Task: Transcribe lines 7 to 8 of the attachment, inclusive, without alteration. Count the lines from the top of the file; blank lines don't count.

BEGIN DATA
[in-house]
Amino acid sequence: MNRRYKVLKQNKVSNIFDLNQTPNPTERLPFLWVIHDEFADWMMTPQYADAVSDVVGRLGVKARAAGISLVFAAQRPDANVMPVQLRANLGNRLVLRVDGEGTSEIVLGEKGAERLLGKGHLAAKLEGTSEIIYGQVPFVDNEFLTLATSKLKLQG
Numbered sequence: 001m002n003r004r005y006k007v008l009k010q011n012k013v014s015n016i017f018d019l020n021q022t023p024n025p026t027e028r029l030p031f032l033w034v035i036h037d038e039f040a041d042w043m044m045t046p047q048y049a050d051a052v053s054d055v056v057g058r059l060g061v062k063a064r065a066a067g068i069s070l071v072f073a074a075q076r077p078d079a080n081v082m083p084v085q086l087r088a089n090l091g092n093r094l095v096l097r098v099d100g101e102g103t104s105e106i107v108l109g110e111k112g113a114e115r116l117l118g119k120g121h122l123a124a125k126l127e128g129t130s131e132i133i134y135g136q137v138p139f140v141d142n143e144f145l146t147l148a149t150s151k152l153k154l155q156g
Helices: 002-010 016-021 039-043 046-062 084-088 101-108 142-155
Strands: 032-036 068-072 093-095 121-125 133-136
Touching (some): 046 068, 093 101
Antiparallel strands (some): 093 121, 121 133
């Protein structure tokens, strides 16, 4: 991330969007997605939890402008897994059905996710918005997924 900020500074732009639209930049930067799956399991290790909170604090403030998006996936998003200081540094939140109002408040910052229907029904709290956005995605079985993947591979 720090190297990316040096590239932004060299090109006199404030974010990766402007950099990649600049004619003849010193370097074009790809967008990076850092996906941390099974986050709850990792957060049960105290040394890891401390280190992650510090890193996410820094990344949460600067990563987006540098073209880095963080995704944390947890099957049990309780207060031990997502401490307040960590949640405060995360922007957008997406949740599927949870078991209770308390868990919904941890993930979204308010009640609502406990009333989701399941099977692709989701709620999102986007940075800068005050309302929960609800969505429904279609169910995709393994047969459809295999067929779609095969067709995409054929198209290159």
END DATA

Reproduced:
Antiparallel strands (some): 093 121, 121 133
């Protein structure tokens, strides 16, 4: 991330969007997605939890402008897994059905996710918005997924 900020500074732009639209930049930067799956399991290790909170604090403030998006996936998003200081540094939140109002408040910052229907029904709290956005995605079985993947591979 720090190297990316040096590239932004060299090109006199404030974010990766402007950099990649600049004619003849010193370097074009790809967008990076850092996906941390099974986050709850990792957060049960105290040394890891401390280190992650510090890193996410820094990344949460600067990563987006540098073209880095963080995704944390947890099957049990309780207060031990997502401490307040960590949640405060995360922007957008997406949740599927949870078991209770308390868990919904941890993930979204308010009640609502406990009333989701399941099977692709989701709620999102986007940075800068005050309302929960609800969505429904279609169910995709393994047969459809295999067929779609095969067709995409054929198209290159």